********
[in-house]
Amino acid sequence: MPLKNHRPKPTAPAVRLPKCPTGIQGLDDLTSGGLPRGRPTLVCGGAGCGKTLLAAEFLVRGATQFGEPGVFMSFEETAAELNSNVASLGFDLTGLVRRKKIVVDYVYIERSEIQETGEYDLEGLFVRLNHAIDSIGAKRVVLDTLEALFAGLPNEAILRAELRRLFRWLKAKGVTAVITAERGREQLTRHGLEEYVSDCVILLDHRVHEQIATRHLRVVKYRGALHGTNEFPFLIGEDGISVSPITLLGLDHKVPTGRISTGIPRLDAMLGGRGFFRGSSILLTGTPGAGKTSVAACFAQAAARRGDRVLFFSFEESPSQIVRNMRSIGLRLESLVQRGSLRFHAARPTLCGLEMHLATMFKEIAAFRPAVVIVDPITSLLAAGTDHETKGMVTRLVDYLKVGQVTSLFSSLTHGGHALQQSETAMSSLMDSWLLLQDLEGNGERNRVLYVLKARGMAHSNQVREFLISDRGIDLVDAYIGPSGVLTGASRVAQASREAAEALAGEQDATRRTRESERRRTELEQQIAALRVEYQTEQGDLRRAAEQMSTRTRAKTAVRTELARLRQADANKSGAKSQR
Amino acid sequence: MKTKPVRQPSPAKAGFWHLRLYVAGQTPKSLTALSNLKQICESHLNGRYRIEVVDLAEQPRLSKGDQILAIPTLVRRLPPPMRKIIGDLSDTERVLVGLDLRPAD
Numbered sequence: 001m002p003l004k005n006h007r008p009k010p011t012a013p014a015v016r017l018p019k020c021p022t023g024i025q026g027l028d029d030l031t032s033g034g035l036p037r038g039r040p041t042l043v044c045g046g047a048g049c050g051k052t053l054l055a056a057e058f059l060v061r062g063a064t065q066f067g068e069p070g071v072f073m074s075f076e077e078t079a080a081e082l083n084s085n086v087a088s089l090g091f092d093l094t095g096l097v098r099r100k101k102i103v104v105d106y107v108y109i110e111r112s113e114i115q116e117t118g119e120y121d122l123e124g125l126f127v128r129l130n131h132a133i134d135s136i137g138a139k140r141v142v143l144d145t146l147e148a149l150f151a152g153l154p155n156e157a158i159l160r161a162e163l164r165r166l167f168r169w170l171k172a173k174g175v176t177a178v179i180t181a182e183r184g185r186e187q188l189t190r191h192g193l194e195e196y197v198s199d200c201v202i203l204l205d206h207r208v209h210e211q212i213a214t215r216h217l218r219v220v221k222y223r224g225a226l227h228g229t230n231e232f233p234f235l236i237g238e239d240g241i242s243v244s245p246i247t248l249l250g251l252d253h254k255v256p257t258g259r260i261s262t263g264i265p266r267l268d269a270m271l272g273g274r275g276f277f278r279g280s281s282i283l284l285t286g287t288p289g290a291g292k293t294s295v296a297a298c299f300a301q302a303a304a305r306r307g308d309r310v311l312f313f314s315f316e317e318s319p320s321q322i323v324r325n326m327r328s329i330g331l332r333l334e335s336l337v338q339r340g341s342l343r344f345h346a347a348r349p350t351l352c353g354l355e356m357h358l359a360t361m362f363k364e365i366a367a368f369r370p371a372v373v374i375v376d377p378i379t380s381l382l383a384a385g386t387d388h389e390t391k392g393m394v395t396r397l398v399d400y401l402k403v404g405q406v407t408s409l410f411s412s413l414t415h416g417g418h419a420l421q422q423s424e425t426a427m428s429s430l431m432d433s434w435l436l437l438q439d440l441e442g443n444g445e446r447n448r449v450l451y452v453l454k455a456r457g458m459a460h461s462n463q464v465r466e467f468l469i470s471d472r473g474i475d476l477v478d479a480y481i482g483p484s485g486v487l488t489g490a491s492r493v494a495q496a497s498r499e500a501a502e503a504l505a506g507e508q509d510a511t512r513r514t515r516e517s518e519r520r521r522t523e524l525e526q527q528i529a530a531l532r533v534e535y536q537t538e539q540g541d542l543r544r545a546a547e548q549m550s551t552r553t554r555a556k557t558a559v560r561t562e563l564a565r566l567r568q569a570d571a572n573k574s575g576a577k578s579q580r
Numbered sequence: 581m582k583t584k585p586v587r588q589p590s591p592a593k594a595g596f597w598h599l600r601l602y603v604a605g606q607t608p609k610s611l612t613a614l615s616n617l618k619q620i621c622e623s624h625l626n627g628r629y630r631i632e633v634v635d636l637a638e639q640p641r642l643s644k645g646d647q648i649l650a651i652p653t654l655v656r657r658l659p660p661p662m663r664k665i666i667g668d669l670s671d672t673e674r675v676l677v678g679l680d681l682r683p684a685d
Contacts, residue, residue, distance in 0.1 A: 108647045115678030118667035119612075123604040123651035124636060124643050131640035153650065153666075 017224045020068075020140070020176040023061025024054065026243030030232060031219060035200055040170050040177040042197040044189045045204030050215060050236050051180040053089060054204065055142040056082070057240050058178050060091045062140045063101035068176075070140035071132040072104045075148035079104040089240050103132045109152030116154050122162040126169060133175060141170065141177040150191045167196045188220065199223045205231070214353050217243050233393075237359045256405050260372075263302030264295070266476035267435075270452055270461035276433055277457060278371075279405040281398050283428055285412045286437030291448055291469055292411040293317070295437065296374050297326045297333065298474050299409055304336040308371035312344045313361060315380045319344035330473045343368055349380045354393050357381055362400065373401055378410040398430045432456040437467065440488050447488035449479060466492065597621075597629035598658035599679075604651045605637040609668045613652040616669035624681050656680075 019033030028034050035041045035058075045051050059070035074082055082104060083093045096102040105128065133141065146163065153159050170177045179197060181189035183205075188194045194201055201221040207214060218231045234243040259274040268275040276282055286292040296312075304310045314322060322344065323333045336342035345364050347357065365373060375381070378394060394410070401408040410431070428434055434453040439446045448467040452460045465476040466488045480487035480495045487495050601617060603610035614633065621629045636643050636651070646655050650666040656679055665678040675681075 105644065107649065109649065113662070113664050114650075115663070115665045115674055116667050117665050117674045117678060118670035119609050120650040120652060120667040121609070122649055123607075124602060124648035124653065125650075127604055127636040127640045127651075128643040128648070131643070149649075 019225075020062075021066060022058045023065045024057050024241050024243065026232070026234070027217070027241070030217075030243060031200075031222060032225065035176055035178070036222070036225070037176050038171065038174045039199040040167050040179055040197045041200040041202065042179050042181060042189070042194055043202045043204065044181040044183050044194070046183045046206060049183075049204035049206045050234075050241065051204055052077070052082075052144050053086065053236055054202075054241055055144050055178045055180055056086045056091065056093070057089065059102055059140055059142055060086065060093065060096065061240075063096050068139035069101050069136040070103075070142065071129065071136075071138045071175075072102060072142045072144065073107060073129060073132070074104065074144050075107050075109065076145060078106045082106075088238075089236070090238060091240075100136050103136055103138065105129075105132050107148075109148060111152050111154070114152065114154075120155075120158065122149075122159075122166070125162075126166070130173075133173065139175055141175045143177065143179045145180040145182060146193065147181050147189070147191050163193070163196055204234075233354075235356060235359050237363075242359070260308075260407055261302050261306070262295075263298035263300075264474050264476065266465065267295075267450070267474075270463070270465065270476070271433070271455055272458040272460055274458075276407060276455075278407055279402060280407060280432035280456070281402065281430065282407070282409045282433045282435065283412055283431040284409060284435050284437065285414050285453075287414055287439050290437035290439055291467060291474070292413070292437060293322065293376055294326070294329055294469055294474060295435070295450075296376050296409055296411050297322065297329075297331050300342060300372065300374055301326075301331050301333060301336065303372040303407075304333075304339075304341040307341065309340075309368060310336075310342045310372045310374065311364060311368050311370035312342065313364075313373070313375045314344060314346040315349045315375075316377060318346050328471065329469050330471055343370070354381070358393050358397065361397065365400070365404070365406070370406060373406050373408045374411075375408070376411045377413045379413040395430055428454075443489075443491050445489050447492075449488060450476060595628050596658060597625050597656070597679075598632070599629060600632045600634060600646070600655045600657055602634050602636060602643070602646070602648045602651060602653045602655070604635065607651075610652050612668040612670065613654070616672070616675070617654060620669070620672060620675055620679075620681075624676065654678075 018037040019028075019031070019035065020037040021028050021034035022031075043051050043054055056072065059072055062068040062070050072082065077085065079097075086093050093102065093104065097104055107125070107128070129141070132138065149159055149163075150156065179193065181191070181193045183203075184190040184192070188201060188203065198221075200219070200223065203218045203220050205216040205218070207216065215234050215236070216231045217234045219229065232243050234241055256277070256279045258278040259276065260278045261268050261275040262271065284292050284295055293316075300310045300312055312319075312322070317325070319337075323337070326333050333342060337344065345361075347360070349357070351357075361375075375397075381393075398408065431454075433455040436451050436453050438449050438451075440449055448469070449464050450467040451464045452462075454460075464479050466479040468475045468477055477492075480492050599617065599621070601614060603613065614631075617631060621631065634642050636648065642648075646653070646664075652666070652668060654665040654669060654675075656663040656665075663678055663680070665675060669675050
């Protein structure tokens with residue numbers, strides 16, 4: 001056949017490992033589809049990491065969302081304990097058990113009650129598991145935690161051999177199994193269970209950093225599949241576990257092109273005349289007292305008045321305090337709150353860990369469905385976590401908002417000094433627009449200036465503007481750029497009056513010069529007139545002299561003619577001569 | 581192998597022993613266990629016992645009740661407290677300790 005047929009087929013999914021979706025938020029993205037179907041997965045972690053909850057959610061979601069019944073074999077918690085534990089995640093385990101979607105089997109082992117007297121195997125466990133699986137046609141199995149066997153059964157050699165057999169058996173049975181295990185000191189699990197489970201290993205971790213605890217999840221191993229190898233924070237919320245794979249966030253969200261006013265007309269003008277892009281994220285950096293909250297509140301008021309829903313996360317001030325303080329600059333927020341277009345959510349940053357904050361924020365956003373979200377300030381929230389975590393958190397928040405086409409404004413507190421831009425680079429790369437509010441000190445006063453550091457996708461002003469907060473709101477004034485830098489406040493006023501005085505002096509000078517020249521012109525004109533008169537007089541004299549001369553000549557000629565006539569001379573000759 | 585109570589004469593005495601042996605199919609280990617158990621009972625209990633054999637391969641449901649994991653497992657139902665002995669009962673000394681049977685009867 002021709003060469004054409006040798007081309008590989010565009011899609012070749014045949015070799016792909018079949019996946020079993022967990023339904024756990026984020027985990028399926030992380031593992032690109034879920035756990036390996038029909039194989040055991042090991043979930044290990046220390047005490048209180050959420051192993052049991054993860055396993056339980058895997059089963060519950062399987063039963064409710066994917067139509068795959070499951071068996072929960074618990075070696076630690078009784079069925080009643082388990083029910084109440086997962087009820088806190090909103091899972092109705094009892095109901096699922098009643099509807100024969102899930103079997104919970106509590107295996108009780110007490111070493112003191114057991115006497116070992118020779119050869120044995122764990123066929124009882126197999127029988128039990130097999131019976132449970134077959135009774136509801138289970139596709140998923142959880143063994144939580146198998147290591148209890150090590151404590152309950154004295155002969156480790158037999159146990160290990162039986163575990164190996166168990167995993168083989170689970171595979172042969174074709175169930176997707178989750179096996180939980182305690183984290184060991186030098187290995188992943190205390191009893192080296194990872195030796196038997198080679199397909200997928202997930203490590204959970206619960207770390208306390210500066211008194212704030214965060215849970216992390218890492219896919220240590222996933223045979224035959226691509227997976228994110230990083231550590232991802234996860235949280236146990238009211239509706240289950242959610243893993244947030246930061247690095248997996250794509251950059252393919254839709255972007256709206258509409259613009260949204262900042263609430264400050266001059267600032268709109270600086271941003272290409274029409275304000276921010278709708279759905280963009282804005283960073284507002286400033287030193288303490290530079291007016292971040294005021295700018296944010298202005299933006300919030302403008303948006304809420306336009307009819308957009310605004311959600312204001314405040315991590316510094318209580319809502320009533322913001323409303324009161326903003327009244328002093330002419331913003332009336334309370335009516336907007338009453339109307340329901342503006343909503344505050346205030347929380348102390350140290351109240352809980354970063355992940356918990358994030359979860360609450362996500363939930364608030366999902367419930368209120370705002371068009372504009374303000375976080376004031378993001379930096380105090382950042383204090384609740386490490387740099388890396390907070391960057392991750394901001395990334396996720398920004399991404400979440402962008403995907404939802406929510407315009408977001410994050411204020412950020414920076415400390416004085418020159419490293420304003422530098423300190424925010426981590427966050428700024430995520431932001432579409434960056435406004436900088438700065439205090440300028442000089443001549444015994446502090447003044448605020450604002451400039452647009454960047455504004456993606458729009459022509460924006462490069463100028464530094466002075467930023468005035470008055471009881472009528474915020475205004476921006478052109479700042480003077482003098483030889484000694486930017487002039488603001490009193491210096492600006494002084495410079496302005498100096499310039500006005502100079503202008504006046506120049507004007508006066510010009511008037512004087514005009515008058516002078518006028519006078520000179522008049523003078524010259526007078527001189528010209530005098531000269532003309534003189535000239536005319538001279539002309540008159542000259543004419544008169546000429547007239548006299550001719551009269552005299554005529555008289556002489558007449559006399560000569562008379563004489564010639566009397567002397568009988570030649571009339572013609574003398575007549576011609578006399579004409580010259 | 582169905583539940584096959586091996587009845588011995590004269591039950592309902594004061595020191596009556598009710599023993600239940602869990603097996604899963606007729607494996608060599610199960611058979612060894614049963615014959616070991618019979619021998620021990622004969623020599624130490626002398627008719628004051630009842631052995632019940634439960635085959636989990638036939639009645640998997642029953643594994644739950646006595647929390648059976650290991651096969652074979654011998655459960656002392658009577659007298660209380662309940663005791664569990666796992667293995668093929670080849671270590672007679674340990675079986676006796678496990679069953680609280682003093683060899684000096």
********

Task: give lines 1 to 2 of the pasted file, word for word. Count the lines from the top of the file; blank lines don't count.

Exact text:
[in-house]
Amino acid sequence: MPLKNHRPKPTAPAVRLPKCPTGIQGLDDLTSGGLPRGRPTLVCGGAGCGKTLLAAEFLVRGATQFGEPGVFMSFEETAAELNSNVASLGFDLTGLVRRKKIVVDYVYIERSEIQETGEYDLEGLFVRLNHAIDSIGAKRVVLDTLEALFAGLPNEAILRAELRRLFRWLKAKGVTAVITAERGREQLTRHGLEEYVSDCVILLDHRVHEQIATRHLRVVKYRGALHGTNEFPFLIGEDGISVSPITLLGLDHKVPTGRISTGIPRLDAMLGGRGFFRGSSILLTGTPGAGKTSVAACFAQAAARRGDRVLFFSFEESPSQIVRNMRSIGLRLESLVQRGSLRFHAARPTLCGLEMHLATMFKEIAAFRPAVVIVDPITSLLAAGTDHETKGMVTRLVDYLKVGQVTSLFSSLTHGGHALQQSETAMSSLMDSWLLLQDLEGNGERNRVLYVLKARGMAHSNQVREFLISDRGIDLVDAYIGPSGVLTGASRVAQASREAAEALAGEQDATRRTRESERRRTELEQQIAALRVEYQTEQGDLRRAAEQMSTRTRAKTAVRTELARLRQADANKSGAKSQR